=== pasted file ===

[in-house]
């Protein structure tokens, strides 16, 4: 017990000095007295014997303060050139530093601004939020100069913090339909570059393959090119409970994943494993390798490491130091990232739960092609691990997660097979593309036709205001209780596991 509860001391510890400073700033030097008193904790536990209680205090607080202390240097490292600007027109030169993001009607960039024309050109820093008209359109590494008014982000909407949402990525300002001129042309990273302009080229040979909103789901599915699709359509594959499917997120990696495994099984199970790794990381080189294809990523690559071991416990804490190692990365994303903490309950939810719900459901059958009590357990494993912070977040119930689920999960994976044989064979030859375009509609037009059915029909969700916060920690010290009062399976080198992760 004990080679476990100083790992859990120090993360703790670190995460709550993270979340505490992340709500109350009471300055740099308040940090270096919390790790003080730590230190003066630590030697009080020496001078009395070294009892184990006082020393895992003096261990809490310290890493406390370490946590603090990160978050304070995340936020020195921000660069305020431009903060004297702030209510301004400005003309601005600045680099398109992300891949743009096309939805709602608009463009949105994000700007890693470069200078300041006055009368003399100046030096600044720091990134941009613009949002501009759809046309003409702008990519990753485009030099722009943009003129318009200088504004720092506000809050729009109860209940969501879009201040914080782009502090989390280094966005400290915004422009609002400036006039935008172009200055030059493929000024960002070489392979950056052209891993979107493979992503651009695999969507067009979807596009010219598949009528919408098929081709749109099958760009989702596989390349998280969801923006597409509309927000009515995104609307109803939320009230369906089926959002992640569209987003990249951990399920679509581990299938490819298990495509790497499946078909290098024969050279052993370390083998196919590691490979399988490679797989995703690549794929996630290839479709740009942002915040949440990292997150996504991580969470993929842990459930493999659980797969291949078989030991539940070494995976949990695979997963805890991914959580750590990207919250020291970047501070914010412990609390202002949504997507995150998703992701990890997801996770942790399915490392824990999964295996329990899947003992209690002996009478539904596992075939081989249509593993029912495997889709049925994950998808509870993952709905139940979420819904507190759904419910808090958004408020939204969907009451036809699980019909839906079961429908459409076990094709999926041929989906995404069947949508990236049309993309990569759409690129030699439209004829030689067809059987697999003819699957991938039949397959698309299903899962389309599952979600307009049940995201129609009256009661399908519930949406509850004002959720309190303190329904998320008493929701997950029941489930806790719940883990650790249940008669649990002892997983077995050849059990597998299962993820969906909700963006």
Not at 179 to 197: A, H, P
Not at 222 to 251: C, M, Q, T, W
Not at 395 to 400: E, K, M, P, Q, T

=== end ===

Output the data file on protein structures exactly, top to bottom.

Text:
[in-house]
């Protein structure tokens, strides 16, 4: 017990000095007295014997303060050139530093601004939020100069913090339909570059393959090119409970994943494993390798490491130091990232739960092609691990997660097979593309036709205001209780596991 509860001391510890400073700033030097008193904790536990209680205090607080202390240097490292600007027109030169993001009607960039024309050109820093008209359109590494008014982000909407949402990525300002001129042309990273302009080229040979909103789901599915699709359509594959499917997120990696495994099984199970790794990381080189294809990523690559071991416990804490190692990365994303903490309950939810719900459901059958009590357990494993912070977040119930689920999960994976044989064979030859375009509609037009059915029909969700916060920690010290009062399976080198992760 004990080679476990100083790992859990120090993360703790670190995460709550993270979340505490992340709500109350009471300055740099308040940090270096919390790790003080730590230190003066630590030697009080020496001078009395070294009892184990006082020393895992003096261990809490310290890493406390370490946590603090990160978050304070995340936020020195921000660069305020431009903060004297702030209510301004400005003309601005600045680099398109992300891949743009096309939805709602608009463009949105994000700007890693470069200078300041006055009368003399100046030096600044720091990134941009613009949002501009759809046309003409702008990519990753485009030099722009943009003129318009200088504004720092506000809050729009109860209940969501879009201040914080782009502090989390280094966005400290915004422009609002400036006039935008172009200055030059493929000024960002070489392979950056052209891993979107493979992503651009695999969507067009979807596009010219598949009528919408098929081709749109099958760009989702596989390349998280969801923006597409509309927000009515995104609307109803939320009230369906089926959002992640569209987003990249951990399920679509581990299938490819298990495509790497499946078909290098024969050279052993370390083998196919590691490979399988490679797989995703690549794929996630290839479709740009942002915040949440990292997150996504991580969470993929842990459930493999659980797969291949078989030991539940070494995976949990695979997963805890991914959580750590990207919250020291970047501070914010412990609390202002949504997507995150998703992701990890997801996770942790399915490392824990999964295996329990899947003992209690002996009478539904596992075939081989249509593993029912495997889709049925994950998808509870993952709905139940979420819904507190759904419910808090958004408020939204969907009451036809699980019909839906079961429908459409076990094709999926041929989906995404069947949508990236049309993309990569759409690129030699439209004829030689067809059987697999003819699957991938039949397959698309299903899962389309599952979600307009049940995201129609009256009661399908519930949406509850004002959720309190303190329904998320008493929701997950029941489930806790719940883990650790249940008669649990002892997983077995050849059990597998299962993820969906909700963006």
Not at 179 to 197: A, H, P
Not at 222 to 251: C, M, Q, T, W
Not at 395 to 400: E, K, M, P, Q, T